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Racial Capitalism and Human Rights

Are we not coming more and more, day by day, to making the statement ‘I am white’ the one fundamental tenet of our practical morality?

—W. E. B. Du Bois, “The Souls of White Folk” (1920)

IN THEIR ERUDITION, imagination, and generosity, these essays provide ample evidence of the possibilities of political imagination beyond existing limits. So, I must begin by saying: Thank you.

The point of my essay—essay in the old-fashioned sense of “try”— was to attempt to recover a fuller notion of human emancipation, not to dispense with humanism as such. My premise is that a liberal account of human rights—of individual rights, of political rights, and even property rights—has come to dominate a broader humanist conversation about justice. Andrew Zimmerman points the way by quoting Aimé Césaire: “a true humanism—a humanism made to the measure of the world.”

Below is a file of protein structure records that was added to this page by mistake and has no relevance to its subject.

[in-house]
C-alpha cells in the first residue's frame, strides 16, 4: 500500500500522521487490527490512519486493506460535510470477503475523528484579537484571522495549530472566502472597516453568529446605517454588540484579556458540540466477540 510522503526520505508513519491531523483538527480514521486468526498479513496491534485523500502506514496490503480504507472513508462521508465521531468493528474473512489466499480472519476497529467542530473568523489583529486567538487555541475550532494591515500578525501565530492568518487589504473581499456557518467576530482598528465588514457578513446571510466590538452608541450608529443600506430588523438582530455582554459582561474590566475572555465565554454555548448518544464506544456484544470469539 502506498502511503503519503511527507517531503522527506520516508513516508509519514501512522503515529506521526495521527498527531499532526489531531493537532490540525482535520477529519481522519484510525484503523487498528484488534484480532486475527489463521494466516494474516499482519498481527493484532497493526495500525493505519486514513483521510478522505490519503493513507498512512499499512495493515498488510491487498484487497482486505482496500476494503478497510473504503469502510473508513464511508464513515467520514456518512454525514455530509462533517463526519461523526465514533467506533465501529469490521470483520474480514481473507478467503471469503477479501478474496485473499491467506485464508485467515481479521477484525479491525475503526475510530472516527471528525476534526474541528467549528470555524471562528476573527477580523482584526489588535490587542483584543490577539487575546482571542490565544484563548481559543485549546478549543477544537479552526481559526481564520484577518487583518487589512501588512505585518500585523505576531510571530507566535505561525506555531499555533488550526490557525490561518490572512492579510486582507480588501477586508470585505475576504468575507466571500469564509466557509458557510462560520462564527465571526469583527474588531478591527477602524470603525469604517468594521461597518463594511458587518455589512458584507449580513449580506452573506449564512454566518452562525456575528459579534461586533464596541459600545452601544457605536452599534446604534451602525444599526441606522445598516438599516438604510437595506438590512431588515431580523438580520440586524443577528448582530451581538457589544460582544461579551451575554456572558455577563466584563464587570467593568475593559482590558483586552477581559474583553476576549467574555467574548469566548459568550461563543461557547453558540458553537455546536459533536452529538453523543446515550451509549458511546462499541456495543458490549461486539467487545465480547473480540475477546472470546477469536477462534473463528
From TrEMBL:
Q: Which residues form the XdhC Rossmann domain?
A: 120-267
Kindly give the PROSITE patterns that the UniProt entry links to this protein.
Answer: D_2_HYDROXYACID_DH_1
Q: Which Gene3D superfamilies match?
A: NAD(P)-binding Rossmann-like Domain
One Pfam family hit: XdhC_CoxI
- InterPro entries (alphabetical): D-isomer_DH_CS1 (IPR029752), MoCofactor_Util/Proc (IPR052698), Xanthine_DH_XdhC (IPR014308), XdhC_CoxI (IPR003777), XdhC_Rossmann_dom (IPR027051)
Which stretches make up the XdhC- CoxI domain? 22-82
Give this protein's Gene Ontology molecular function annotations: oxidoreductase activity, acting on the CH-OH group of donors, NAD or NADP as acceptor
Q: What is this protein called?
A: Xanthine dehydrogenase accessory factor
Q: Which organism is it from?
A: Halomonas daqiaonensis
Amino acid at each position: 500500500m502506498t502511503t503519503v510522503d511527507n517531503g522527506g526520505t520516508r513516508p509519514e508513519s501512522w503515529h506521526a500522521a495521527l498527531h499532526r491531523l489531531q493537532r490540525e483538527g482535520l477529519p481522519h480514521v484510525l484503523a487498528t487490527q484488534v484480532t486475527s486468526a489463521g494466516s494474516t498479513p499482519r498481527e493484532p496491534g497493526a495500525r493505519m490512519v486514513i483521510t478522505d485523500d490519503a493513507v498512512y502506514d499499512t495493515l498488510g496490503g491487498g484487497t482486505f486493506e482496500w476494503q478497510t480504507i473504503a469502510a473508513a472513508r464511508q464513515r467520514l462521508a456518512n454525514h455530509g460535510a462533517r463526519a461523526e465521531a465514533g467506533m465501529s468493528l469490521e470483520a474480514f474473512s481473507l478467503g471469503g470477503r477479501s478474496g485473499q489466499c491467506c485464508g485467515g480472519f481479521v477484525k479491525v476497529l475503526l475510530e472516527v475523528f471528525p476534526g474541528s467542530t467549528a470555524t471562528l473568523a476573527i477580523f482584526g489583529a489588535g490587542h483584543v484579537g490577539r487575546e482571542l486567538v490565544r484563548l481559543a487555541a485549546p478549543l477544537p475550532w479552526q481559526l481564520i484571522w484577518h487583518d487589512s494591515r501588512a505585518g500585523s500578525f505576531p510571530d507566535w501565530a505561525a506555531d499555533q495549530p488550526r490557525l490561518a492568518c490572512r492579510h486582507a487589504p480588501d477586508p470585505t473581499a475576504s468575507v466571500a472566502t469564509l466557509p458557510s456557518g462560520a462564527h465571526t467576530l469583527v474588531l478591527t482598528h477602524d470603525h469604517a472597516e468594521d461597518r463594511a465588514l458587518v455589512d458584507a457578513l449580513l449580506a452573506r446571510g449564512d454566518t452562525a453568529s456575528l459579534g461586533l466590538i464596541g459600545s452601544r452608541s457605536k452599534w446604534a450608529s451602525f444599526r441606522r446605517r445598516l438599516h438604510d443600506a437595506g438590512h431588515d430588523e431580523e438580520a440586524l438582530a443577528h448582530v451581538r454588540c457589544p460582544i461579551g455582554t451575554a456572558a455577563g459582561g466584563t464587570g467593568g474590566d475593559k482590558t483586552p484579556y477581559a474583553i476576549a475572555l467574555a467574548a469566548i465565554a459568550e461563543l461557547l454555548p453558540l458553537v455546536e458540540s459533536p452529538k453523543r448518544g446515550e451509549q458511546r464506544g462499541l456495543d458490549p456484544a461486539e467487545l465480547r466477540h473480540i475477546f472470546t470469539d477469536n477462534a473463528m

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About Boston Review

Walter Johnson, Harvard historian and author of the acclaimed River of Dark Dreams, urges us to embrace a vision of justice attentive to the history of slavery—not through the lens of human rights, but instead through an honest accounting of how slavery was the foundation of capitalism, a legacy that continues to afflict people of color and the poor. Inspired by Cedric J. Robinson’s work on racial capitalism, as well as Black Lives Matter and its forebears—including the black radical tradition, the Black Panthers, South African anti-apartheid struggles, and organized labor—contributors to this volume offer a critical handbook to racial justice in the age of Trump.